14 juli 2013
This background paper aims to give an overview of the effects that the lack of childcare and care facilities for other dependants has on the career choices and situation of young men and women in the labour market, with a particular focus on the effects of the crisis on the accessibility of those services. The paper was prepared on request from the European Parliament for expert input on the effects of caring for children and other dependants on the employability of young men and women. It includes an analysis of the data from Eurofound’s third European Quality of Life Survey of 2011 (EQLS), the 2013 European Labour Force Survey (LFS) and the 2011 Eurobarometer survey.
27 november 2012
What determines life satisfaction and happiness? How do we value our social situation and immediate surroundings? How has this changed with the economic crisis? For the third wave of the European Quality of Life survey, 35,500 Europeans in all EU Member States were interviewed, in an effort to gain insights to these questions. This overview report presents findings and trends and shows that the impacts of the recession are indeed noticeable and measurable in some areas, while in others there are more long-term developments to be observed. While overall life satisfaction levels have not changed much, optimism about the future and trust in institutions have declined markedly in those countries most affected by the downturn. And groups that were already vulnerable – the long-term unemployed, older people in central and eastern Europe and single parents – report the highest levels of material deprivation and dissatisfaction with their life situation.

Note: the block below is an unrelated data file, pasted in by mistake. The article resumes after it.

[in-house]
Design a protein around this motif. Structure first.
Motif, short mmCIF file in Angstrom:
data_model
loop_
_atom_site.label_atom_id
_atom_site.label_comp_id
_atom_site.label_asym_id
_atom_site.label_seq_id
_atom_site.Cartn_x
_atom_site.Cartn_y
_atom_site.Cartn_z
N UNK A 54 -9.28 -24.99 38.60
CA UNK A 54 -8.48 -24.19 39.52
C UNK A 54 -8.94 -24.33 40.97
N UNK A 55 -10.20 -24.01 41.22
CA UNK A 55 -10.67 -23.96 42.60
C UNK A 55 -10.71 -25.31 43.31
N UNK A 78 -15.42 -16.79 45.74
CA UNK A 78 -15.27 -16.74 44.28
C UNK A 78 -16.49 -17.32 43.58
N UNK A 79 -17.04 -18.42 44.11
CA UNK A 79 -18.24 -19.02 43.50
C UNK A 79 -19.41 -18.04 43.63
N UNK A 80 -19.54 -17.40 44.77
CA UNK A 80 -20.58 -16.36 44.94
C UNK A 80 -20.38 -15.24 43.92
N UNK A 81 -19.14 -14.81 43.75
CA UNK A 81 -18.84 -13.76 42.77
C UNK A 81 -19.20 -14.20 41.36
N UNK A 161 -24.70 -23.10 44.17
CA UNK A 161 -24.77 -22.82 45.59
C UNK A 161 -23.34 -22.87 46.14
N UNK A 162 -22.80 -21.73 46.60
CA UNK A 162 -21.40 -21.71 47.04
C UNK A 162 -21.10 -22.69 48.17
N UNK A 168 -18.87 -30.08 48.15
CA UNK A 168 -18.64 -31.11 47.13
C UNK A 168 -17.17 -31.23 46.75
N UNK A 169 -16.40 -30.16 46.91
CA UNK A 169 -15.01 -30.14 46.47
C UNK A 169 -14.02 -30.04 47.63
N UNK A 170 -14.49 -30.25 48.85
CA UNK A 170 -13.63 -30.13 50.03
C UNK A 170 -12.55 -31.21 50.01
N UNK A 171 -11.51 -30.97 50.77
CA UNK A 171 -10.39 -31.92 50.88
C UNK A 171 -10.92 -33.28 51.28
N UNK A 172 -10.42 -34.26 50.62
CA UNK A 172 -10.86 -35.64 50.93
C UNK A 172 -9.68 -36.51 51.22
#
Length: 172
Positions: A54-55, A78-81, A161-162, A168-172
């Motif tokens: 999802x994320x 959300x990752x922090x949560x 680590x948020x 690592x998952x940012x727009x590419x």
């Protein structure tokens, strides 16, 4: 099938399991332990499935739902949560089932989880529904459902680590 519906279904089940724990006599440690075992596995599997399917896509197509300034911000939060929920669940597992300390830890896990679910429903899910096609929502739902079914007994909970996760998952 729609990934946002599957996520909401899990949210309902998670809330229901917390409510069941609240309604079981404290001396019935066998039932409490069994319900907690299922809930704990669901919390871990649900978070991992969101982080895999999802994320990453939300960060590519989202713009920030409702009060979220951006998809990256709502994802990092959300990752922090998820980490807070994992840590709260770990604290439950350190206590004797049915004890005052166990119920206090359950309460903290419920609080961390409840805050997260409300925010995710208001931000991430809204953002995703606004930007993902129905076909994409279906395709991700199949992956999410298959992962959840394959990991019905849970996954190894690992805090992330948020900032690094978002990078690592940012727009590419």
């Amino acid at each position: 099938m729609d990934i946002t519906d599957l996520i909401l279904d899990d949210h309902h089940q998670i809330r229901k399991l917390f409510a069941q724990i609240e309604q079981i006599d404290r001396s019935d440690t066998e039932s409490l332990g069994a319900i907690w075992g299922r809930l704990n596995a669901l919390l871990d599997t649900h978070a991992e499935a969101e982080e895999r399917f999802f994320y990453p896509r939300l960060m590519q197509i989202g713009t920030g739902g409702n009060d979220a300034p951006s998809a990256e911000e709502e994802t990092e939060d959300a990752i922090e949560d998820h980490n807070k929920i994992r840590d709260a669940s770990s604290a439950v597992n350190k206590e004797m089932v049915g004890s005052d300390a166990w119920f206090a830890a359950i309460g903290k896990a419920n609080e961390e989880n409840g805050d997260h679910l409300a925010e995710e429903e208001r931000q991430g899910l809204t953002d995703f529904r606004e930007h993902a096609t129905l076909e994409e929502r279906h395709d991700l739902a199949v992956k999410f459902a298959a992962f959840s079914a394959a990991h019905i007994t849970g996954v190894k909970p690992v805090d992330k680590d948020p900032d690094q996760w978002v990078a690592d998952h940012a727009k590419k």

12 juni 2012
Results from the European Quality of Life Survey (EQLS) show comparisons over time of different dimensions of people’s quality of life, including their standard of living. A combined review of indicators from the EQLS and those obtained from the Eurobarometer (for 2009 and 2010) highlights the fact that, on the whole, the economic and financial crisis has led to a decline in quality of life. This is more apparent for those living in countries most affected by the crisis. Vulnerable groups such as the unemployed, the elderly and the retired, as well as people suffering financial difficulties, have experienced a considerable drop in their well-being following the crisis.
27 oktober 2011
Non-standard employment and, more particularly, part-time work has been increasing worldwide for the past two decades. This trend has been especially strong in Europe, where the issue of different working time arrangements is an important part of the discussion among policymakers and social partners, and something which the European Union (EU) has promoted to increase flexibility for workers and employers. However, part-time work is spread very unevenly across Member States, reflecting differences in legislation, infrastructure and cultural conventions. This report uses data from the fourth European Working Conditions Survey and the second Company Survey. An executive summary is available.